Avoid high cost and massive headaches – the move towards managed security services
Awareness about security has grown over the years, thanks to extensive press coverage about cybersecurity incidents in large organisations and state-sponsored cyberwar activities initiated by certain countries.
While security awareness has increased, many organisations’ progress in defending their business against cyberattacks has stalled. The 2015 Global Threat Intelligence Report has revealed that cyberattacks against business and professional services have even gone from 9% to 15% in the past year. I believe organisations can expect to face the following security management challenges in the near future:
Security management will become a corporate and security governance problem. Many larger organisations align themselves with corporate and security governance programmes to ensure they achieve predictability and quality. However, governance programmes struggle to keep up with the ever-changing and growing needs of security management. In retrospect, the tendency for security management to provide the required method of governance has become prevalent. The challenge is to ensure security management remains governed and aligned with business directives.
Security communication has become a knowledge transfer and decision-making problem. Even when information is delivered at the right time, to the right decision authority, many organisations aren’t able to make the decisions necessary to reduce risks and protect their business. The challenge here maintaining a working incident response plan. There’s also the issue of knowledge capture: your level of protection depends on your ability to stay informed about the latest information security threats and invoking the right countermeasures. The biggest challenge is not knowing what you don’t know – that is, having a strategy to detect and defend against threats targeting zero-day vulnerabilities.
Running 24/7 security operations has become a resourcing and cost problem for the industry. Some organisations operate 24/7 help-desks, however, this isn’t the same as operating a 24/7 Security Operations Centre with experienced analysts who can detect, analyse, and respond to cyberattacks. The challenge here is the cost of having experienced and qualified personnel working around the clock.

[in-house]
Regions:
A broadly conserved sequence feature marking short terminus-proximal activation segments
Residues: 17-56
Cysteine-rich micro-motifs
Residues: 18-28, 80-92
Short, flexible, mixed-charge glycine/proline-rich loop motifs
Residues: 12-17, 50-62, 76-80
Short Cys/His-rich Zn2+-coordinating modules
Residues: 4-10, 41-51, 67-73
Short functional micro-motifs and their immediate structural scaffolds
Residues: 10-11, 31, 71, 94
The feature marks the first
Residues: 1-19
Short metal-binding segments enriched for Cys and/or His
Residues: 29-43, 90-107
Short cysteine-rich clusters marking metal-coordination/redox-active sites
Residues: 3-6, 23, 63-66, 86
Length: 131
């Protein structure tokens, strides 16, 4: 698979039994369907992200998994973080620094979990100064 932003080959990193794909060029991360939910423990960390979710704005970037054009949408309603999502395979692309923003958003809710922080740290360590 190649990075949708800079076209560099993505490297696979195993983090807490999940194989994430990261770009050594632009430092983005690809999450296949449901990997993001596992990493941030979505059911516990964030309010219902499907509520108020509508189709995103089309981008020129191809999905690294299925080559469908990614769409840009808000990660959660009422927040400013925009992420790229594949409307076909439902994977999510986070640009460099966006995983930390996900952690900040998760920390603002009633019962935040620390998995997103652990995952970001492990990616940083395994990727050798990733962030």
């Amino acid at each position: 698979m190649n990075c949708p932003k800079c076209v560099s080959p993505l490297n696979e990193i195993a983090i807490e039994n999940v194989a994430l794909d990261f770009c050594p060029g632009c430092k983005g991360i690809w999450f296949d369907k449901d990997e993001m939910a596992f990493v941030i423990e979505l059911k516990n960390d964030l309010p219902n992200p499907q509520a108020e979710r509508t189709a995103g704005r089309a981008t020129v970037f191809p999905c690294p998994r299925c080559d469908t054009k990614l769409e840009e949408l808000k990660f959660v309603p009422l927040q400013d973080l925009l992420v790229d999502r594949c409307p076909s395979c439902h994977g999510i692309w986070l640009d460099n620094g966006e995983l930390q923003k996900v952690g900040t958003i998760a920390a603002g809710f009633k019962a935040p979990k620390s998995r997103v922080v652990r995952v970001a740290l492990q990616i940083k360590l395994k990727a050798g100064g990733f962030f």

Information security has become a significant data mining and analytics challenge. To be able to detect attacks, you need to first understand the different stages of an attack and how each stage can be detected and responded to. Without this information, it’s more than likely that an incident will go undetected. The challenge is to:
- Collect, normalise, and correlate many terabytes of data
- Use it to deliver information intelligence using context and content-based detection methods
- Extract business value from it
Accurate and complete reporting on big data has become a resourcing and compliance problem. With the many terabytes of data being produced each day by the typical organisation, the challenge is to produce timely reports and have resources on hand to analyse and use them to detect threats and protect the business.
Configuration and management of SIEMs is a growing resourcing and technology challenge. With vast amounts of data being captured, your organisation will need to build a big data solution and integrate it with a SIEM solution. To do this, you’ll need a team of experts to integrate, maintain, and continuously tune these complex systems in order to deliver business value.
As these challenges evolve and new challenges arise from the ever-growing threat landscape, managed security service providers like Dimension Data are best positioned to scale and cost-effectively meet these challenges on our clients’ behalf. To find out more about how to better equip yourself, as well as your organisation, from cyberattacks check out the 2015 Global Threat Intelligence Report.